The mayor wrote, “Like other communities, we were hit hard by the Great Recession, which resulted in cuts in city services, difficult concessions from our employees, and a painful 24 percent workforce reduction. But with the strength in our property and sales tax revenue — mirrored at the state and regional levels — I believe our community has begun to emerge from the downturn.”

“We are on our way to eliminating our structural deficit,” the mayor continued. “Our general fund deficit — a chronic imbalance between revenues and expenditures — was estimated to be about $1.5 million this fiscal year and was forecast to drop in the coming four years. However, the improved financial picture means we have immediately taken a large bite out of the deficit and are moving toward eliminating it completely.”

While this is good news, there are concerns. For example, Mayor Pro Tem Robb Davis expressed concern that these were more one-time numbers due to “pent-up demand during the recession.”

He also spoke about PERS (Public Employees’ Retirement System) and OPEB (Other Post-Employment Benefits).  “The good news is we’re in a place where we’re addressing those long-term liabilities.  The time horizons are long – 30 years – but we’re addressing them,” he said.  “But we’re putting away money in a way in which our actuary thinks is a reasonable approach.”

“But,” he said, “the point is that between 2020 and 2021… between OPEB and PERS we’re going to need to be coming up with an additional $4 to $5 million. Additional on top of today. But that’s a hefty piece of money. We are in a situation where we need this money.”

“We have the road backlogs, we have Bob Clarke who is ready to put out a bid on the study of other infrastructure – especially building replacement costs,” he added.  “When we begin to finally internalize those things into our normal budgeting process then we can start breathing a little bit.”

As I mentioned in yesterday’s preview article, we are facing renewed employee negotiations and, after being able to gain critical concessions in 2012, we are now concerned that improved economic conditions will put pressure on city hall – already cognizant of low employee morale – to use these numbers as justification to increase employee compensation at a time when the city’s structural deficit does not adequately reflect the city’s fiscal condition.

Finally, as we have noted 2014 was a banner year on the economic development front. We have discussed innovation parks, but 2014 saw the emergence of a vibrant start up culture embodied by the efforts of the Davis Downtown and Jumpstart Davis. As Mayor Wolk and Mayor Pro Tem Davis write, “We continue to be excited about a variety of grassroots efforts — Davis Roots and Jumpstart Davis, for example — that encourage and foster an innovation and startup culture in our community.”

Chief Innovation Officer Rob White also trumpeted the efforts of the Davis Downtown and other community leaders who helped launch “the creation of the Jumpstart Davis monthly networking events and the soon-to-be-opened downtown co-working space are adding resources for entrepreneurs and startups.”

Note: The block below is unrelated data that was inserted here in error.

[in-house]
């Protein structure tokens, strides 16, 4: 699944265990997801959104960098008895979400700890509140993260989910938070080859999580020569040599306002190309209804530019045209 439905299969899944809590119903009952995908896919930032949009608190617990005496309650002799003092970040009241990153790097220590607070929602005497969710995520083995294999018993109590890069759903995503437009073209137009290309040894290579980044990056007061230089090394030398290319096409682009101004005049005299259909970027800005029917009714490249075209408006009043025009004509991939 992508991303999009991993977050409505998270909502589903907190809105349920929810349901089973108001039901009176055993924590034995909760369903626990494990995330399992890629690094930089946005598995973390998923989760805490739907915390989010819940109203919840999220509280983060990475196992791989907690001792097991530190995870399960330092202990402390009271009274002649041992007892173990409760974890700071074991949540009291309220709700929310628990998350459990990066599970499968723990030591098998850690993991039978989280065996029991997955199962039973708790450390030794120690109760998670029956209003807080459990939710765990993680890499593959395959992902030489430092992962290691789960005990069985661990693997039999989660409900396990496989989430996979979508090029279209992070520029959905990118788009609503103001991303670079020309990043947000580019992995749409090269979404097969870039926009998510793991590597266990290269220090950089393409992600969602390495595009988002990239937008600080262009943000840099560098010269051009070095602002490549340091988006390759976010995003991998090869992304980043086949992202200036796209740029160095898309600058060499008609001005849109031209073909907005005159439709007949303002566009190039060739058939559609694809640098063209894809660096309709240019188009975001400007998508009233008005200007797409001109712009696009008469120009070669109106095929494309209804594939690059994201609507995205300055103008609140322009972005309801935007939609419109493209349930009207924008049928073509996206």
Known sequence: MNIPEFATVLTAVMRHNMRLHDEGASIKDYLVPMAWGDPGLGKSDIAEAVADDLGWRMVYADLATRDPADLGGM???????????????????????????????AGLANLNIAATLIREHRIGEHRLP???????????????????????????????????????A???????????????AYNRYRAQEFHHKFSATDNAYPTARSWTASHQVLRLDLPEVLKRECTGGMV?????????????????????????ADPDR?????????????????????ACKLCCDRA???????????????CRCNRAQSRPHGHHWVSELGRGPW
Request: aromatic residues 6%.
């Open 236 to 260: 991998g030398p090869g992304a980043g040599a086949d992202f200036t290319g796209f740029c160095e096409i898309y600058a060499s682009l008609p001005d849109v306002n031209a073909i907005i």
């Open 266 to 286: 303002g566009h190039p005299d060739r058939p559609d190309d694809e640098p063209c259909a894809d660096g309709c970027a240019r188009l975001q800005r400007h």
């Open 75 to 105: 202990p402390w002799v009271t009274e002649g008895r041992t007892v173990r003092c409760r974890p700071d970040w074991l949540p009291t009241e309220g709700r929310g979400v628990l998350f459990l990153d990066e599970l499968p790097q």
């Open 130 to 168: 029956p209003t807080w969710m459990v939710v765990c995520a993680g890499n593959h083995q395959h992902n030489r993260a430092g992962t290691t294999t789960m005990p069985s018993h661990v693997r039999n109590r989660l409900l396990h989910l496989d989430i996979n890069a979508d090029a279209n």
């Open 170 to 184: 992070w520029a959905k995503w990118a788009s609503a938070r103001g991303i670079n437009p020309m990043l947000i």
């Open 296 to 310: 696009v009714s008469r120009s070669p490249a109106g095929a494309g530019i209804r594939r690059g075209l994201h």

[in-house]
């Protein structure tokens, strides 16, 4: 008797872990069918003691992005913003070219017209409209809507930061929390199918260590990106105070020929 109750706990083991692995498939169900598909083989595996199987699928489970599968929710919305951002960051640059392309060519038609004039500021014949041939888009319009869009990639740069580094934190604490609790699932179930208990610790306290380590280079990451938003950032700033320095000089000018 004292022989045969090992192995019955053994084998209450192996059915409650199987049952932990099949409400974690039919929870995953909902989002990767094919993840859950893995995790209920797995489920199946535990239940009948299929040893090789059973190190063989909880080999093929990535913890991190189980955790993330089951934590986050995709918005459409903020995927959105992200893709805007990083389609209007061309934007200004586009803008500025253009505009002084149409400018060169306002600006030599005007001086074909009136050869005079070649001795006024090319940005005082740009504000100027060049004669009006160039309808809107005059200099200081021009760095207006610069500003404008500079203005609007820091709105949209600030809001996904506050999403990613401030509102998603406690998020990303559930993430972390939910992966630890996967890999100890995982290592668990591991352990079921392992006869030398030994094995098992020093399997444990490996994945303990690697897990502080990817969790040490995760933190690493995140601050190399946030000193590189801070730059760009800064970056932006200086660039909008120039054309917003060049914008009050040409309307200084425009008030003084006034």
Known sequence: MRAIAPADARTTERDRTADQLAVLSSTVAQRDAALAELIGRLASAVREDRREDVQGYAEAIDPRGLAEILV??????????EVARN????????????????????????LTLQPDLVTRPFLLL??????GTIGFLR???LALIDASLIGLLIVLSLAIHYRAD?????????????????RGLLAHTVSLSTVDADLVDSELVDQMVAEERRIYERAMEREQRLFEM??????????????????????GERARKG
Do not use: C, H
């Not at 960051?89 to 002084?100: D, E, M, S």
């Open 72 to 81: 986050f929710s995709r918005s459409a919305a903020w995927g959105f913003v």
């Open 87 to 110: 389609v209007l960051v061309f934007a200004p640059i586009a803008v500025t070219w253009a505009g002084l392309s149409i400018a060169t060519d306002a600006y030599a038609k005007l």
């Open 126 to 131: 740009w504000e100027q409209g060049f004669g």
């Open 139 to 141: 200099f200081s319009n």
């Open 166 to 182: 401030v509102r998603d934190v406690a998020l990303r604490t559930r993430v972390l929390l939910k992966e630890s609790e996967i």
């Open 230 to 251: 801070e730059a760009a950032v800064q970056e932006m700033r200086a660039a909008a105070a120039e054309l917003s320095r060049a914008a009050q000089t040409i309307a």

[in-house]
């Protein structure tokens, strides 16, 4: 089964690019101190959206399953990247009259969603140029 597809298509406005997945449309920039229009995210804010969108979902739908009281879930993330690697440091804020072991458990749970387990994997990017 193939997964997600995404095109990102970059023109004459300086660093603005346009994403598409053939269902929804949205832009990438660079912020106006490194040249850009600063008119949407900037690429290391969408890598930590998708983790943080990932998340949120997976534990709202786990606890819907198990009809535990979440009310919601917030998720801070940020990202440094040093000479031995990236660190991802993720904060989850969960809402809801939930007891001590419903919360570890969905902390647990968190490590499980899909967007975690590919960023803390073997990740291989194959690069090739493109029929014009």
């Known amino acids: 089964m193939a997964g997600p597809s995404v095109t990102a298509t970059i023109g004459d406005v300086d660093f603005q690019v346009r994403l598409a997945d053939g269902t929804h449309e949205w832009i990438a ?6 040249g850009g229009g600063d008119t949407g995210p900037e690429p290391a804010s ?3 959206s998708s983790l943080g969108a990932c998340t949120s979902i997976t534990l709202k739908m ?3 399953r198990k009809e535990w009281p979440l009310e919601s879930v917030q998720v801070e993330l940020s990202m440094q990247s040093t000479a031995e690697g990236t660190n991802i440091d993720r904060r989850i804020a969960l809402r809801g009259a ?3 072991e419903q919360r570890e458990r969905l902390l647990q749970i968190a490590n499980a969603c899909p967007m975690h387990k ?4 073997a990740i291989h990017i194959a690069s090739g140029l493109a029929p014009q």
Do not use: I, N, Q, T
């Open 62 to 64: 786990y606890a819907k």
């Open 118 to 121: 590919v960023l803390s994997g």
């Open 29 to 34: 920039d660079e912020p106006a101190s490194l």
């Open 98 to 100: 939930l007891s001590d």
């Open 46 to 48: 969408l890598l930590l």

But 2015 is fraught with pitfalls. Staff projects two innovation parks plus Nishi could go on the ballot by Spring 2016. But the Vanguard believes that putting park against park is asking for trouble. Will there be a process to determine who goes first? How will the city deal with expected push-back on traffic and housing impacts? 2015 will be a key year in determining how this process unfolds, and by this time next year we could be three or four months away from a public vote.

Moreover, one of our concerns is that the perception that the city is no longer in fiscal crisis will lesson the public’s appetite for economic development and building on the periphery. We believe strongly that the city’s finances remain fragile and we are vulnerable to future downturns without stable revenue sources.

We are again at an interesting crossroads in time, as we have the chance to move forward or the chance to backslide into business as usual in 2015. Will 2015 be the year we took the decisive step forward or the year we wiped out four years of progress? Stay tuned to the Vanguard for further details.

In the meantime, Happy New Year!

—David M. Greenwald reporting

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About The Author

David Greenwald is the founder, editor, and executive director of the Davis Vanguard. He founded the Vanguard in 2006. David Greenwald moved to Davis in 1996 to attend Graduate School at UC Davis in Political Science. He lives in South Davis with his wife Cecilia Escamilla Greenwald and three children.

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11 thoughts on “Commentary: Backsliding Into 2015, Biggest Local Concerns Going Forward”

  1. Miwok

    Maybe I could be more tactful, but…

    With concerns about employee morale and firefighter morale being at epic lows, it will be interesting to see how the new city manager attempts to remedy the situation

    Since the Firefighter Union got rid of the City Manager they disliked, wouldn’t their morale be up instead of down?

    The Vanguard does not necessarily disagree with Mr. Carson, although we argue that evaluating what will happen with asphalt prices over a 20-year-period based on two years of data is problematic.